The Klingon Hamlet ("The Tragedy of Khamlet, Son of the Emperor of Qo'nos")
Published by Pocket Books / Simon & Schuster
"Restored to original Klingon" by the Klingon Language Institute: translated by Nick Nicholas and Andrew Strader; edited by Mark Shoulson
ISBN 0-671-03578-9

Chancellor Gorkon said in Star Trek VI: The Undiscovered Country that "you have not experienced Shakespeare, until you have read him in the original Klingon."

And the fans of the language got the bright idea to actually translate everything to original Klingon.

This is a fairly interesting work; for comparison, the "inferior English translation" has been also included, and it also has an appendix that has comparative notes on differences between the texts, list of words used in the play that are not in Marc Okrand's The Klingon Dictionary, and such.

For the sake of interest, a few brief quotes might be needed to be included to this node...

Terran readers have valued the famous part in act III, scene I, that starts:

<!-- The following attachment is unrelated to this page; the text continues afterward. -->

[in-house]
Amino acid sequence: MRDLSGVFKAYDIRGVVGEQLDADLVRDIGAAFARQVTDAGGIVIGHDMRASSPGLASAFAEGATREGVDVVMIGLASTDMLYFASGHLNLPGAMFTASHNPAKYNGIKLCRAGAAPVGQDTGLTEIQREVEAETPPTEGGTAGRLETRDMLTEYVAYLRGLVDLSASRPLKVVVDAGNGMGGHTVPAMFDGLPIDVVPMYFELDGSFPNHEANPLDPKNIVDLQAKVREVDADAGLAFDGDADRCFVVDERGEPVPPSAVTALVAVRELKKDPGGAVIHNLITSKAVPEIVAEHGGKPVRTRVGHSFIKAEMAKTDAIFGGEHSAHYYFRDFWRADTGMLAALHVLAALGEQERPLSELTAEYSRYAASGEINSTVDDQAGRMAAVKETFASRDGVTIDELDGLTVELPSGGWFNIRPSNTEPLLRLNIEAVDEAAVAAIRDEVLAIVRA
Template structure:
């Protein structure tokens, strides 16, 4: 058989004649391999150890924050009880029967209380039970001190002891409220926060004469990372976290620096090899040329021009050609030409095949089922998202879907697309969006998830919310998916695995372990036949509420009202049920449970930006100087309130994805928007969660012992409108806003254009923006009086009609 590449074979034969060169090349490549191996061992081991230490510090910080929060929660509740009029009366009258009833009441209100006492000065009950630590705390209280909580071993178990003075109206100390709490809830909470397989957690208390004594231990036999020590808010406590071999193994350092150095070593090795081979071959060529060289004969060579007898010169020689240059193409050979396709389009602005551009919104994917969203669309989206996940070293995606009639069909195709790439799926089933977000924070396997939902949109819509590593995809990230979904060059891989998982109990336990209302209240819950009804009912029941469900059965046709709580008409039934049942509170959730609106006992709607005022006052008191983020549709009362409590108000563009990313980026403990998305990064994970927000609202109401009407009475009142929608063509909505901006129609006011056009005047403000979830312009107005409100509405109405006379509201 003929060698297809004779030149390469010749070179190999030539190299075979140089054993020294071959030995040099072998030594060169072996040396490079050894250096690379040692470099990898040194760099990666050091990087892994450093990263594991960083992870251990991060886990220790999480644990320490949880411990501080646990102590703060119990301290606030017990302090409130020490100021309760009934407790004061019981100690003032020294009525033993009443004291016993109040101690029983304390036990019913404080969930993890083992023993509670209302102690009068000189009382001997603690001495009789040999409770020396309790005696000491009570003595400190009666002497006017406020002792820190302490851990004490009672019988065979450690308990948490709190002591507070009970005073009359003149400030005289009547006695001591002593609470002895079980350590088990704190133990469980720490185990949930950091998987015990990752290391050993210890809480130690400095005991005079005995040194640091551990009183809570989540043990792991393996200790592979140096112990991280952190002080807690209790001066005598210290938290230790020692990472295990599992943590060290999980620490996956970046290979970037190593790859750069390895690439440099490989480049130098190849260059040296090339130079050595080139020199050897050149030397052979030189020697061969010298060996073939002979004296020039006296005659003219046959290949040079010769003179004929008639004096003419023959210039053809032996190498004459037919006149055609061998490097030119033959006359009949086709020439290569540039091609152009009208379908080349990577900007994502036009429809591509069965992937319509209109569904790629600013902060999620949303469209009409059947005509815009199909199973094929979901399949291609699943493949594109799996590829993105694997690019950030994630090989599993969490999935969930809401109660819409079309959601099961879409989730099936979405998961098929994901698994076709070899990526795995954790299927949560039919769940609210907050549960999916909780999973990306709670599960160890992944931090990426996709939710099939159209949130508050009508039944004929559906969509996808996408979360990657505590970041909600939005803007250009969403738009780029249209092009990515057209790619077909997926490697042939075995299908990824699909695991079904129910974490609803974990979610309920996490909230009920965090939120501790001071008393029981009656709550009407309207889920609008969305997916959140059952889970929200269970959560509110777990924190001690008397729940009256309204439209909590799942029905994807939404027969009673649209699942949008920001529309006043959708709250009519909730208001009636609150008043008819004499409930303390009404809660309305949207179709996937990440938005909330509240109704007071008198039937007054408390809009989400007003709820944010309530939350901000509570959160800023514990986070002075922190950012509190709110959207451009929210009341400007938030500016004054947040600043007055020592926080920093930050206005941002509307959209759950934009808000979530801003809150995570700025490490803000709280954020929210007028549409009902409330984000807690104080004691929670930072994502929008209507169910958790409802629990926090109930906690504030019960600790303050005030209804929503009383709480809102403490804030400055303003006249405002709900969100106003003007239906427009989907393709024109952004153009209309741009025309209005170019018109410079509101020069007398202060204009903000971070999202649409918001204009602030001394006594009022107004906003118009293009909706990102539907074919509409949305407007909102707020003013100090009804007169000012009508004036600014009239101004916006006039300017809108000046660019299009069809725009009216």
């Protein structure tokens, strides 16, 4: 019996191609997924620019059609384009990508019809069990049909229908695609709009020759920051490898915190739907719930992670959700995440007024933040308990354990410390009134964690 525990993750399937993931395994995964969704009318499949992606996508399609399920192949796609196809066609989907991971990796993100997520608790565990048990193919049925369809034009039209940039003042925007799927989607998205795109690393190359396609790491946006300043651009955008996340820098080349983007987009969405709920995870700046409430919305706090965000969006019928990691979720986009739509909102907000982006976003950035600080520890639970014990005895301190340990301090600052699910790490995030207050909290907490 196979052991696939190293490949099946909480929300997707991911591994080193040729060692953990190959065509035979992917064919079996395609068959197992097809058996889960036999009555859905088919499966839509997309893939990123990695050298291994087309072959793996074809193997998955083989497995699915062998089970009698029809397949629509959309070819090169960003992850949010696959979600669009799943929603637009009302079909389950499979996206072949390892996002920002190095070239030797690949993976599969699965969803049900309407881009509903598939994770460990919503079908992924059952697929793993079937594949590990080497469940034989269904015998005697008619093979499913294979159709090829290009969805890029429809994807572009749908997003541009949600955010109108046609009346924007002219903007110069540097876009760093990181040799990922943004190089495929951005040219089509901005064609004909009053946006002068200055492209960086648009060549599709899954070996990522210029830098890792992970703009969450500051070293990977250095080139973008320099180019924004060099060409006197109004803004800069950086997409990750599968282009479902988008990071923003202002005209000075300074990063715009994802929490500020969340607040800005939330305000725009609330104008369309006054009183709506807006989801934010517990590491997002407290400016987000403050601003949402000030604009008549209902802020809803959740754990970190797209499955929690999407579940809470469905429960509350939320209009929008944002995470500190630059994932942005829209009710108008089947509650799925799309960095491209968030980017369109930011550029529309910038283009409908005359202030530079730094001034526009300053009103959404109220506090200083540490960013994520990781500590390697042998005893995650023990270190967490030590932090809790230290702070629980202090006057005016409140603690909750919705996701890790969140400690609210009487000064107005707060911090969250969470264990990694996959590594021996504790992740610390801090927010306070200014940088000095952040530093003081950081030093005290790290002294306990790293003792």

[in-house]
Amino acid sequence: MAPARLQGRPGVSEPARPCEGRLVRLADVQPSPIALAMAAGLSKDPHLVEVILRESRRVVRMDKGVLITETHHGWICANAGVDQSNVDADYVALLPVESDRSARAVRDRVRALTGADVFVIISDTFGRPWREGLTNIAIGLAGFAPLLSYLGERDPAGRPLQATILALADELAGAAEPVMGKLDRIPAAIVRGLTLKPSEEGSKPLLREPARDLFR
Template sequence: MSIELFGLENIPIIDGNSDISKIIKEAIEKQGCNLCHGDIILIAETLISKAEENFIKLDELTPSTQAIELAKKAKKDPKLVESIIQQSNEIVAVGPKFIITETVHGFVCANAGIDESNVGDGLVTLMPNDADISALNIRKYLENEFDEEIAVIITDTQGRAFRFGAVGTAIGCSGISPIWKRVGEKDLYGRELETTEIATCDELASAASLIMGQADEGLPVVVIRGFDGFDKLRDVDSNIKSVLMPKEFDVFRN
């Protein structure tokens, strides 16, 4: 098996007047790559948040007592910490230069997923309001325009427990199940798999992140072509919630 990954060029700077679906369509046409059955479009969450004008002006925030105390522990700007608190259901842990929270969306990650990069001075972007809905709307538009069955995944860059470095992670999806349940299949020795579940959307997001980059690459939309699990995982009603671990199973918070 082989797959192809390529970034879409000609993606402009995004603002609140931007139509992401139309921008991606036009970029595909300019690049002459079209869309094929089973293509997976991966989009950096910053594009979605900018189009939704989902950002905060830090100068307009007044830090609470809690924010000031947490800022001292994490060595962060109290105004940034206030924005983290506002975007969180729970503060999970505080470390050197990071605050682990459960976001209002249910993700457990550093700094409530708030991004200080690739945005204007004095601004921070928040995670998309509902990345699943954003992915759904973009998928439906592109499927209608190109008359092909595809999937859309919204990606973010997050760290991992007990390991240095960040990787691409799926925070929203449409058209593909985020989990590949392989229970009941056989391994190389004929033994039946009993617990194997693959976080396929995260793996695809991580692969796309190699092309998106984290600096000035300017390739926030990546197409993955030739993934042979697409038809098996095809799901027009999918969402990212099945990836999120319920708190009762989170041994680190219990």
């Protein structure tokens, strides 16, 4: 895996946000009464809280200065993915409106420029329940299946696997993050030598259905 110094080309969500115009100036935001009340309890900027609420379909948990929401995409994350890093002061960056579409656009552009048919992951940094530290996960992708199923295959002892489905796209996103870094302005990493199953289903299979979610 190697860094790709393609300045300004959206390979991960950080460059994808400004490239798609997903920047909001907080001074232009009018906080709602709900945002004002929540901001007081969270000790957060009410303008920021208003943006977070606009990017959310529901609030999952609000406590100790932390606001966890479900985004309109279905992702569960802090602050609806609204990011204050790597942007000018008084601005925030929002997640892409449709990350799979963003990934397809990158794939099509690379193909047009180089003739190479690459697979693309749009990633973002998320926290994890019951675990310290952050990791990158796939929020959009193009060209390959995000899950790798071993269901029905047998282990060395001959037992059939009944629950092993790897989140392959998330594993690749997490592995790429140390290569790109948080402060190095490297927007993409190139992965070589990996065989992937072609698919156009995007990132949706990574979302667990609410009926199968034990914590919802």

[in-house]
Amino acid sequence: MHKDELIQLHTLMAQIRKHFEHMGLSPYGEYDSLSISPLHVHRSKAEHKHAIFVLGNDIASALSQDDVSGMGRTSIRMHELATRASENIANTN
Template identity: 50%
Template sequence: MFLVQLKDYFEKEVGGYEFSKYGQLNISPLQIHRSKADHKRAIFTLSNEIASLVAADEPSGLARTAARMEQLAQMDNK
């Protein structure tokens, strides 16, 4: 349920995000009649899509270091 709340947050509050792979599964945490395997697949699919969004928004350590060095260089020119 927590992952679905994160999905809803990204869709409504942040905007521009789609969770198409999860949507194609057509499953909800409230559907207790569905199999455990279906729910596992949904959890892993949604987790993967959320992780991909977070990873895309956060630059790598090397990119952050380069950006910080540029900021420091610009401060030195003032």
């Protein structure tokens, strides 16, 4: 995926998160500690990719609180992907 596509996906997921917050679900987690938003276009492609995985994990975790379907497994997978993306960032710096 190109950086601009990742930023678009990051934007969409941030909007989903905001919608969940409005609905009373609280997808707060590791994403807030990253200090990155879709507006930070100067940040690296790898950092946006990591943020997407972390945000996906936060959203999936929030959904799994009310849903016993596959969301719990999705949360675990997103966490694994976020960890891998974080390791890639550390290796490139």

taH pagh taHbe'. DaH mu'tlheghvam vIqelnIS.
quv'a', yabDaq San vaQ cha, pu' je SIQDI'?
pagh, Seng bIQ'a'Hey SuvmeH nuHmey SuqDI',
'ej, Suvmo' rInmoHDI'? [...]

Freely translated, it's something like "It'll continue, or not. I must consider this question. Is he honorable, when he endures the torpedos and phasers of agressive Fate in the brain? Or, when he takes weapons to fight a seeming ocean of trouble, and ends them by fighting them? ..."

(Note that Klingon language doesn't have the verb "to be"... "taH pagh taHbe'" also appeared in The Undiscovered Country.)

Klingons don't get why this part is so popular among terrans; For them, the greatest and most ever-memorable scene is in end of act III scene 2, "'Tis now the very witching time of night..."

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